We had used the profits from our first “hit” product to fund other endeavors, none of which really paid off. And, the total addressable market for that “hit” product was shrinking.
To start, despite all of these costs, we were still making a profit. But as the market continued to turn against us monthly losses mounted. Four figures, then five figures, then six figures, and it kept on climbing.
So, we had to get back to our roots fast. Focus on profits we can make here and now.
We identified a key group of customers that still wanted to use our “hit” product offering and focussed on catering to their needs, and, attracting others like them.
All other product initiatives were scrapped. We canceled or renegotiated B2B contracts, ditched our office in favor of working remotely, cut our salaries, cut travel, canceled using consultants, capped professional fees, and cut all costs until the business was only paying for a few salaries, a handful of inexpensive B2B contracts, and accountancy fees. It was a drastic reorganization that, regrettably, involved letting go of a lot of staff.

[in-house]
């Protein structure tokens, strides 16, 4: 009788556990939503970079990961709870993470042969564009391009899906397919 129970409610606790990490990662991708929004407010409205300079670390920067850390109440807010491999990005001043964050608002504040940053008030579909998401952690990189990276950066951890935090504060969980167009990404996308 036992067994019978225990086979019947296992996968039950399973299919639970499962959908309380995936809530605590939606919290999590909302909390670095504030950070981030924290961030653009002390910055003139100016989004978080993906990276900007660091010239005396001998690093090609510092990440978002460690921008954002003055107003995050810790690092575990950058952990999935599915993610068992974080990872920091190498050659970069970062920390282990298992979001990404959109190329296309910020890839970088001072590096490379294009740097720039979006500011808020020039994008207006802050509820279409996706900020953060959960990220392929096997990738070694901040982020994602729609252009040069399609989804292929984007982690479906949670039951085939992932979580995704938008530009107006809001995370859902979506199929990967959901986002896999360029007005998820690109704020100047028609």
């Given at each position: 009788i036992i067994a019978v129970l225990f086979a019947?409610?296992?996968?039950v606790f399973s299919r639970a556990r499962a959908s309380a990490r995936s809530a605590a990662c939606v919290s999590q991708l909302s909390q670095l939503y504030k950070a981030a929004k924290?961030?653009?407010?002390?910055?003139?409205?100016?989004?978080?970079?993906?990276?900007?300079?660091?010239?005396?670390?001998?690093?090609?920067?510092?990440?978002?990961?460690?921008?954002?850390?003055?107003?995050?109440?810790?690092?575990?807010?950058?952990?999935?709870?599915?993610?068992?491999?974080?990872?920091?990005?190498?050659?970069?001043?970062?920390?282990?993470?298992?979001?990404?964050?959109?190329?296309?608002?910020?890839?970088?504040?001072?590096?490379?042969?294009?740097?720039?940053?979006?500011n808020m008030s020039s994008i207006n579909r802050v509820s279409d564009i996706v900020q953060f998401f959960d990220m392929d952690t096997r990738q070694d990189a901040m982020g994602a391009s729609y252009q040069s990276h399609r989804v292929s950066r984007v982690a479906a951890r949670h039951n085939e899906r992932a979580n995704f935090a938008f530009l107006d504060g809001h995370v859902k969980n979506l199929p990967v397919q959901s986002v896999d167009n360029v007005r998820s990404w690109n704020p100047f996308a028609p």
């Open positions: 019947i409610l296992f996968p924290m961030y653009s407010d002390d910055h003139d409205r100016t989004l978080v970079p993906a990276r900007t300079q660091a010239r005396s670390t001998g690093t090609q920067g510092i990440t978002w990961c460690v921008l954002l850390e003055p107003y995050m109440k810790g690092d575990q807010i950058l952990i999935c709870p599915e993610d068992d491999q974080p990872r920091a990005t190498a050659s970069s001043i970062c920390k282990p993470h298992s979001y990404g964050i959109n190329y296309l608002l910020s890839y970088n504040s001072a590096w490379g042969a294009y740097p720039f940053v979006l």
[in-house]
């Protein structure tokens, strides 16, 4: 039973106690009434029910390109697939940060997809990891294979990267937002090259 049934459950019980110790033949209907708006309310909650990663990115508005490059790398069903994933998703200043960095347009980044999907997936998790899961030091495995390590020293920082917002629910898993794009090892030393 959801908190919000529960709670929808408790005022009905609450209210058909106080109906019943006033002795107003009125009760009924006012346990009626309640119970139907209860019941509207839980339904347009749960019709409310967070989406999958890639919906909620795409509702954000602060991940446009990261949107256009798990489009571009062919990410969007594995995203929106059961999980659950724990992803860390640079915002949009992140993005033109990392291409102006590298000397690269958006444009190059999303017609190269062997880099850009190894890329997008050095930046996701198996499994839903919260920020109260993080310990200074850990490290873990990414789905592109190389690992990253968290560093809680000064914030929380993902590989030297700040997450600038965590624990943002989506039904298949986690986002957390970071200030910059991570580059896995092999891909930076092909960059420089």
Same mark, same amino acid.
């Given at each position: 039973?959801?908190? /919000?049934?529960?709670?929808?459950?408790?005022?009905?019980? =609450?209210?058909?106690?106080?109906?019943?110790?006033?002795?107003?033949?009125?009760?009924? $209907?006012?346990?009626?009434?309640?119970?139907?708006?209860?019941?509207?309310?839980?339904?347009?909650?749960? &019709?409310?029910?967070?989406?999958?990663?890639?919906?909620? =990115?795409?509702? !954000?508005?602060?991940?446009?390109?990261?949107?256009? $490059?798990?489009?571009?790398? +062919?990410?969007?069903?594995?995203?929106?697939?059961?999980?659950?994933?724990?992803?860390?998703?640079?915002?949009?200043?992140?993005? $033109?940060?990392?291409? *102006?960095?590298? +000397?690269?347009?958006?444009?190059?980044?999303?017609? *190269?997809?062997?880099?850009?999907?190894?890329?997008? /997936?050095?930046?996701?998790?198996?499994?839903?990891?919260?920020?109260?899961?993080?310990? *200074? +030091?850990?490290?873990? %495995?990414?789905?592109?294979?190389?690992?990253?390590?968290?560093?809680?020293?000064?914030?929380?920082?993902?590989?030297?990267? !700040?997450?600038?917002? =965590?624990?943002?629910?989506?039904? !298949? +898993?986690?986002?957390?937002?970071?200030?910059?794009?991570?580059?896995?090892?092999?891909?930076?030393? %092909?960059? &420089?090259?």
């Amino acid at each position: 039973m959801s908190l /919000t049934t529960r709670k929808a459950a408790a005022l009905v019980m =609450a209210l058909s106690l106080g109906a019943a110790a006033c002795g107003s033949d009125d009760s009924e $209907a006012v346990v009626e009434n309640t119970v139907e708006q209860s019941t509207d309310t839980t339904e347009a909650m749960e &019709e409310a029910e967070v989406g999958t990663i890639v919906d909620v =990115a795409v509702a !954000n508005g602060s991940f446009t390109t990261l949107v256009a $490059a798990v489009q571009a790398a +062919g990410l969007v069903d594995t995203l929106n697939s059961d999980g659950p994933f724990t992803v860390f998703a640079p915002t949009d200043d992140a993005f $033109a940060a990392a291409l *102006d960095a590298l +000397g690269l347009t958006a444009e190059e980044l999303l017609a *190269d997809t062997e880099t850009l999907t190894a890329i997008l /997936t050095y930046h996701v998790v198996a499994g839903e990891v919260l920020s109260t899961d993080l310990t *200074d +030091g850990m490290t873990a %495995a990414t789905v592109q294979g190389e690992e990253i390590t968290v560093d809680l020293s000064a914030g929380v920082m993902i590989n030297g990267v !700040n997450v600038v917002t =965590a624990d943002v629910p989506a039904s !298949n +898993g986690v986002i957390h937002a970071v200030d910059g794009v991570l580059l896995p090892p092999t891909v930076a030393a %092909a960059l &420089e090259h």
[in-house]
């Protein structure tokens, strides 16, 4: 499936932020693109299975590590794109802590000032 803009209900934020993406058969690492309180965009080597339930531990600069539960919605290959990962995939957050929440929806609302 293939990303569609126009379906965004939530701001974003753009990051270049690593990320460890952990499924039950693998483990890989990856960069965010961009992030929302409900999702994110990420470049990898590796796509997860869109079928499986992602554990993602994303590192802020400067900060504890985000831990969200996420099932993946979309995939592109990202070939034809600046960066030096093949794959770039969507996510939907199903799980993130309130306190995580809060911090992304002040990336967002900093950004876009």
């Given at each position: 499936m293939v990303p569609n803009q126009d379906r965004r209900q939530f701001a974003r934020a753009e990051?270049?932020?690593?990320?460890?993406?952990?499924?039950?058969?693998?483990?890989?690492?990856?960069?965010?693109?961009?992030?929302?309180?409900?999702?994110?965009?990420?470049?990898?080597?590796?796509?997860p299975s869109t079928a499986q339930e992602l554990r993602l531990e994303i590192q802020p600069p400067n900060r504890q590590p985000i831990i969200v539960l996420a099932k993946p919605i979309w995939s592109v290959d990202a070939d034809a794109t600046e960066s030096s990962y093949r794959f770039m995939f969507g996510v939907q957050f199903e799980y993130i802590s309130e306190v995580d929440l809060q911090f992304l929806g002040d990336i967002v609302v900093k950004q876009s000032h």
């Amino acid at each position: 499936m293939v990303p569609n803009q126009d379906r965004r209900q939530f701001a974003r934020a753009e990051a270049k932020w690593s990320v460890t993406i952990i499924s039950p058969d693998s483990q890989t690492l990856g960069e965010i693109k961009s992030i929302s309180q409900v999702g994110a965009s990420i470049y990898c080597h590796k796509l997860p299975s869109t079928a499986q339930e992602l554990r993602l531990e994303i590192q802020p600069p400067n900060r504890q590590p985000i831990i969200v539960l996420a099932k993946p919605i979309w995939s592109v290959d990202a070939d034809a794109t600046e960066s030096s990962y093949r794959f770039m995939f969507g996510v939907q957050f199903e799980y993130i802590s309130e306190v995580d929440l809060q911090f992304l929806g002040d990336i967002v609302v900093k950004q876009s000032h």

But, it had to be done. Client drop off rates leveled out. Then, we gained more. We started to break even. Then, we made a profit. The business was saved from collapse and turned around to the extent that a company liked it enough to buy it.
Getting back to sustainability gave us time to breathe and the bandwidth to figure out the long game with a new product, which was later spun out into a different company.
Until next time,
Thanks to Kevin McCutcheon for the image.